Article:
I don’t want to be overly harsh about it because the effort was no doubt well intentioned, and perhaps there is a more subtle and effective strategy at work here that I’m just missing. But in every respect it feels like a dated approach that probably wasn’t very effective even when it had everything going for it. And in the year 2011 it really doesn’t feel like a particularly thoughtful strategy or effective way to burn limited resources.

Defending Their Turf: Nonprofits Pushing Back Against Social Entrepreneurship

Photo by flickr user Pete Reed.
You know an organization, or a sector, is starting to have problems confusing the instinct for self-preservation with advancing their mission when you come across stories like this: “Defining Social Good: Nonprofits Worry About Calif. Bill” in the Chronicle of Philanthropy. Two bills that would give social entrepreneurs more corporate structure options are apparently gaining steam in the California legislature, and the California Association of Nonprofits is worried that more socially-minded business ventures might harm nonprofits.

Sean Stannard-Stockton of Tactical Philanthropy made this point really clearly:

“Some nonprofits worry that a California push to recognize for-profit social businesses will undermine the nonprofit sector. That’s the wrong question. The question should be about maximizing social impact, not protecting specific corporate forms.”

While there may be more to the story (there usually is), I think Sean is dead-on, and I think this conflation of self-perpetuation and mission runs deeper than just a nonprofit association’s reactionary response to legislation that might enable other types of social change organizations to do more social change work. In some ways, this is the same “not knowing when to wrap it up” problem that many nonprofits have. Either they lack a clear endpoint, so self-perpetuation actually becomes hard-wired in the DNA, or when they arrive at the clear endpoint they just come up with a new mission. The result, in either scenario, can be organizational behavior more oriented toward organizational preservation and protection at the expense of the mission or the cause itself.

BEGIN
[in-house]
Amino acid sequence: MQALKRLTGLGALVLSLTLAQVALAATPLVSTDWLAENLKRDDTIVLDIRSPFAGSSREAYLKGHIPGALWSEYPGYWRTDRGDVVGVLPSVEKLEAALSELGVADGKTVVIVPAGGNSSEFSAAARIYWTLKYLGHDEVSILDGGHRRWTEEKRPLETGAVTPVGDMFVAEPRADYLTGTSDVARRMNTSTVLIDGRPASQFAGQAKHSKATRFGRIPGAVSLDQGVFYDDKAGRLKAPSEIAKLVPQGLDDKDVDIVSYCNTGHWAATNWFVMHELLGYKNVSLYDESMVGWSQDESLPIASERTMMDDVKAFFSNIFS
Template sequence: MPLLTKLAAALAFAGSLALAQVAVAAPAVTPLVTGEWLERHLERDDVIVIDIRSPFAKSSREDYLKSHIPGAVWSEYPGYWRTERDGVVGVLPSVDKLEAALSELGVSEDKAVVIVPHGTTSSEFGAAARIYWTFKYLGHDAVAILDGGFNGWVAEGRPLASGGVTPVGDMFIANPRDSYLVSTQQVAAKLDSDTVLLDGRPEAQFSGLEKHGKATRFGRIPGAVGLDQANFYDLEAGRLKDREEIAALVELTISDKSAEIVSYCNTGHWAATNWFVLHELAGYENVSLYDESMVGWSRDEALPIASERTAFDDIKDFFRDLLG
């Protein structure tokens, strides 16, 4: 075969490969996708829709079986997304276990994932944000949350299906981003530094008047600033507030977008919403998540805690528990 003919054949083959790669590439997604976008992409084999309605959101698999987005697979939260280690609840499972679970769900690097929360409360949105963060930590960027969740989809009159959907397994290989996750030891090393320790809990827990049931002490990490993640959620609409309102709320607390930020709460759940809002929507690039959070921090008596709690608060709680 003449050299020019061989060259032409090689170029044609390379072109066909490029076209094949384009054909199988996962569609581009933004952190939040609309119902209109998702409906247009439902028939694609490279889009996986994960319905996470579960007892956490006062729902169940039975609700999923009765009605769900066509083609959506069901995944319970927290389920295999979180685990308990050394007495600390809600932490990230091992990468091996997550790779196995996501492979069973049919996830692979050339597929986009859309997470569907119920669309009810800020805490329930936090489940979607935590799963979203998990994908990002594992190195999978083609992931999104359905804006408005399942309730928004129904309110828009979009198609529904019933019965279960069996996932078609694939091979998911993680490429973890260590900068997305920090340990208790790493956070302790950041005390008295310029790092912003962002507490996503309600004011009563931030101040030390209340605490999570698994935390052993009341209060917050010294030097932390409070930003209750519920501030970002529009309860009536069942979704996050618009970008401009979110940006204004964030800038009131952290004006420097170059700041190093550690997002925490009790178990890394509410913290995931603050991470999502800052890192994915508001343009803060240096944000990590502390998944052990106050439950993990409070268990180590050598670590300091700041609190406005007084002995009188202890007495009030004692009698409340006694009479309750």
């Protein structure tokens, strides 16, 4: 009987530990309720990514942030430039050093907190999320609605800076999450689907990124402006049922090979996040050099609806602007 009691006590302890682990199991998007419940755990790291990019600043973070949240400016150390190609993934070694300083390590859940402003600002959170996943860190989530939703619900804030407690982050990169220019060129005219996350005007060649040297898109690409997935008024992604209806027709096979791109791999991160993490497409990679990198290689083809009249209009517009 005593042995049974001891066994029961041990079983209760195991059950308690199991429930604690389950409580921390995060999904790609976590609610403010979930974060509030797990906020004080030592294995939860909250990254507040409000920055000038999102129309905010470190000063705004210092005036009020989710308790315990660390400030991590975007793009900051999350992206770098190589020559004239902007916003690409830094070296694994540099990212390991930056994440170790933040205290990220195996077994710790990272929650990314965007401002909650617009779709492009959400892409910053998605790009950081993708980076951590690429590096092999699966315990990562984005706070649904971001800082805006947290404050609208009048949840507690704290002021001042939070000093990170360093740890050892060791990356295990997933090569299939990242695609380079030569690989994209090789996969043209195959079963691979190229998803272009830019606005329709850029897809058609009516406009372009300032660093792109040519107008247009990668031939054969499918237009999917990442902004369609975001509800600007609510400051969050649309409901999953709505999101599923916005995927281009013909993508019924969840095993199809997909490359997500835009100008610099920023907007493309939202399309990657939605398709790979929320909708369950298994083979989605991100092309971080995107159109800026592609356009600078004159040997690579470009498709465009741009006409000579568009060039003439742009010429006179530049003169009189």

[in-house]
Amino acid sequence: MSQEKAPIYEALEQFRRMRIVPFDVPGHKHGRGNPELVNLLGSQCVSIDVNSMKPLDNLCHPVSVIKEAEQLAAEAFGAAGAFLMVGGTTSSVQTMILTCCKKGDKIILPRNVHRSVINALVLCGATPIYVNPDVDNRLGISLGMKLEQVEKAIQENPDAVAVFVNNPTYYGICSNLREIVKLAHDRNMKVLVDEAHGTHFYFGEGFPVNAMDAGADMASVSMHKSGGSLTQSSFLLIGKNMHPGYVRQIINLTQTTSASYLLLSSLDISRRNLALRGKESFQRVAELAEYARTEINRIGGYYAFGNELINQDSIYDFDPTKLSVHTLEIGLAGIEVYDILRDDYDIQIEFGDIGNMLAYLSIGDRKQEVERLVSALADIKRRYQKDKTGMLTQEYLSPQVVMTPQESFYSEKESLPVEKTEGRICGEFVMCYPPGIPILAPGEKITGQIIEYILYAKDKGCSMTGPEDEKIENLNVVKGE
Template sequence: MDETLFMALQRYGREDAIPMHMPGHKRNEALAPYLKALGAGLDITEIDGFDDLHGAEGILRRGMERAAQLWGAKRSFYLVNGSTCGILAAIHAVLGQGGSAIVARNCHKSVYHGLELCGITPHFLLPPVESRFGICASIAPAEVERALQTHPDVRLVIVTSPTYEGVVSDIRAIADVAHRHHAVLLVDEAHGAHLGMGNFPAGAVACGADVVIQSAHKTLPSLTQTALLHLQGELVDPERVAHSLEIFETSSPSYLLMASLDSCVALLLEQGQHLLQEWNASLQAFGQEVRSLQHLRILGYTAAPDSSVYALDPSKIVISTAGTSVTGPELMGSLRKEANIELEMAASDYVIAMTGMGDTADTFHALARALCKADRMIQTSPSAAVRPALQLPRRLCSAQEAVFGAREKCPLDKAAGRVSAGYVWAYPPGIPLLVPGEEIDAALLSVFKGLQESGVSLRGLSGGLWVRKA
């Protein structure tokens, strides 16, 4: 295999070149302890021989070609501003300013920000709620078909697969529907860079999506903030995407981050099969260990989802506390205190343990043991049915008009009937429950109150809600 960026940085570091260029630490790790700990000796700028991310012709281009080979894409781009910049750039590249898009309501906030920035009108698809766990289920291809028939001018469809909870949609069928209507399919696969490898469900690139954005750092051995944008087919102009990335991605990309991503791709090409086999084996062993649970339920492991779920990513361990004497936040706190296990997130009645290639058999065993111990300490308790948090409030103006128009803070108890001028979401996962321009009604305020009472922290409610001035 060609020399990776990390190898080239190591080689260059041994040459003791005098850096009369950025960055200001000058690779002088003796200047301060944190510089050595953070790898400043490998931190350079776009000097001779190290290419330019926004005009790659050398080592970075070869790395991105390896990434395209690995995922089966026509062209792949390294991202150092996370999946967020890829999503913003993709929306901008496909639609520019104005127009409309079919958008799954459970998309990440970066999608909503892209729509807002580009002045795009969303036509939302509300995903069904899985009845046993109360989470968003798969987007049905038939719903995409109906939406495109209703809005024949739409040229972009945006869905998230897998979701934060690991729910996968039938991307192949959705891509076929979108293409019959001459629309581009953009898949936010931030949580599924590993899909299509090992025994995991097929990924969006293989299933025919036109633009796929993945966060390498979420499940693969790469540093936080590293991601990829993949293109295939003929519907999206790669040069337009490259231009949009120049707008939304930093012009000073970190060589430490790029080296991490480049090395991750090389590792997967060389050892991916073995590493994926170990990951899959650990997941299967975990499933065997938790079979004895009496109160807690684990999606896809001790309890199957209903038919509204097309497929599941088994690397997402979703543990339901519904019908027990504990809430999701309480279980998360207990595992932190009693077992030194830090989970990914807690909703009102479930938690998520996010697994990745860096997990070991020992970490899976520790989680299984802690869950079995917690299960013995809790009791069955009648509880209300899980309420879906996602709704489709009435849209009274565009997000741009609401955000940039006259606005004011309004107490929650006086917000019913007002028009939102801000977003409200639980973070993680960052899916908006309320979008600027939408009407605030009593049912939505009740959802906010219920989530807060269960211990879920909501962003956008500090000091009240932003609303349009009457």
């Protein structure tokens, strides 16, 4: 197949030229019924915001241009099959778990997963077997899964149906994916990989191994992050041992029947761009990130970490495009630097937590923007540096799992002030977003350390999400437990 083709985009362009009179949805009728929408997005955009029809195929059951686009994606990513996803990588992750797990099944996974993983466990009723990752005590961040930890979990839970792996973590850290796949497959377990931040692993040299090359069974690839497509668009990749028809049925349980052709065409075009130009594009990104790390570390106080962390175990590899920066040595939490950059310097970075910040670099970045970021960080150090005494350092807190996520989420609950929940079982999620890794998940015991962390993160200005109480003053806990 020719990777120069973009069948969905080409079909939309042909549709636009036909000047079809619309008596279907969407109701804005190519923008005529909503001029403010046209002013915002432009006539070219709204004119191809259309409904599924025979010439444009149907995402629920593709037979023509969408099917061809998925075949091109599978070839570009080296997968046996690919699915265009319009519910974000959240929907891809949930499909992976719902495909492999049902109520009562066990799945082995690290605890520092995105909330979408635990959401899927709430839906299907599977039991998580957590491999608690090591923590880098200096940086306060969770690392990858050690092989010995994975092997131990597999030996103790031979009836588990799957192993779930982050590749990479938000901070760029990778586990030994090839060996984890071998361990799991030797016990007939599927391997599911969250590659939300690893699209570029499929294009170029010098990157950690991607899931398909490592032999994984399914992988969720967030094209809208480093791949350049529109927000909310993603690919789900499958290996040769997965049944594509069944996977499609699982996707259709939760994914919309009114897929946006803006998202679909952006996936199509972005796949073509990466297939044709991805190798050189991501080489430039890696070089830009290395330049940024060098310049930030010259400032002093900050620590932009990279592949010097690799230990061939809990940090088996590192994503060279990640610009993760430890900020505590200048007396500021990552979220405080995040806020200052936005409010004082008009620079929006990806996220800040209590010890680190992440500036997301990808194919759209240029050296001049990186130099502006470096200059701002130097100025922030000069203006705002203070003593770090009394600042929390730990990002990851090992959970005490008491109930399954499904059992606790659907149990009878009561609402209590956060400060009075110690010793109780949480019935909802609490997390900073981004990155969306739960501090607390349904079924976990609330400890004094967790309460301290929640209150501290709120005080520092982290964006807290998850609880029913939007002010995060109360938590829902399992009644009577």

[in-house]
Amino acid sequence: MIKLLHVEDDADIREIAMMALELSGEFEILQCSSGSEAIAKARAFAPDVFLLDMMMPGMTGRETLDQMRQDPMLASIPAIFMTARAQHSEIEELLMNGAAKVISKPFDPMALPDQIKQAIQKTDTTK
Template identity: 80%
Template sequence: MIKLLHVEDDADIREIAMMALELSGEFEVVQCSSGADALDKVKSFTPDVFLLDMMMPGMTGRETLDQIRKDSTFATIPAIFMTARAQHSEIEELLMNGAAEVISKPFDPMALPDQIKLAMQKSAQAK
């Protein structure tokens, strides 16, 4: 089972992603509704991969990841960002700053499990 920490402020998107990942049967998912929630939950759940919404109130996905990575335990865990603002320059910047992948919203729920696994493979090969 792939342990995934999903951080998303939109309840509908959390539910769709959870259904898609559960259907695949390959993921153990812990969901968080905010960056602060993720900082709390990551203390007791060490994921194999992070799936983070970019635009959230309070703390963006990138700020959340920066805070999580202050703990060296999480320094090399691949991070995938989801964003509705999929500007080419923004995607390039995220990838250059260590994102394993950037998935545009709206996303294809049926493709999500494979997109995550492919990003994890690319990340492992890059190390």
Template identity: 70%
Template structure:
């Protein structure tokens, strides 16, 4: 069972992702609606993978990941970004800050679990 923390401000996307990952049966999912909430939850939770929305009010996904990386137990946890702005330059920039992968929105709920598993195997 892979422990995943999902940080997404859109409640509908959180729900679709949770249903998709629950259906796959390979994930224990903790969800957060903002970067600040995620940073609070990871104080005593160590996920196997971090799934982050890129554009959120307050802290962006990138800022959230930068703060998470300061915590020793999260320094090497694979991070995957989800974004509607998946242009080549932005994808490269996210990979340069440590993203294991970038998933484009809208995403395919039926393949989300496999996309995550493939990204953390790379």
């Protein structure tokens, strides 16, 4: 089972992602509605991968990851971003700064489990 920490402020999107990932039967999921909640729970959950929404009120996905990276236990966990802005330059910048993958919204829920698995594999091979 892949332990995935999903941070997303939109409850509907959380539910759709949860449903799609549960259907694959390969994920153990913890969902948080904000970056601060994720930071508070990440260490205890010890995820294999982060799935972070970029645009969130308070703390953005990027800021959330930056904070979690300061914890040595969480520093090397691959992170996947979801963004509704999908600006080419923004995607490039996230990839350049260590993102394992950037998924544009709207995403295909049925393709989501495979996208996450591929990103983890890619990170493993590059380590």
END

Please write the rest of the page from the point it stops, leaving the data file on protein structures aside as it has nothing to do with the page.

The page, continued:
But this also has hints of the dying-industry problem faced by institutions like the publishing, newspaper, and music industries. Their business models are basically dead, and while they can all milk their legacy networks for a while they are on an inevitable downward slide (if not tailspin). The energetic effort to suppress alternative business models (e.g., newspaper paywalls and the absurdity that is the Denver Post and other newspapers suing bloggers who link to them, record labels suing fans for sharing music) might buy them some time but won’t change the outcome. The smart ones – I think of O’Reilly Media, the Huffington Post, and Pandora as examples – are figuring out very different models, and are poised to thrive in so doing.

I don’t think the nonprofit sector is in any danger of dying, but attacking efforts to widen the range of social change organizational structures sure smells like prioritizing self-protection over enabling social impact. State nonprofit associations ought to be leading the charge in this brave new world, helping everyone make sense of the range of organizational structures for changing the world, maybe even helping to do some of the innovating themselves.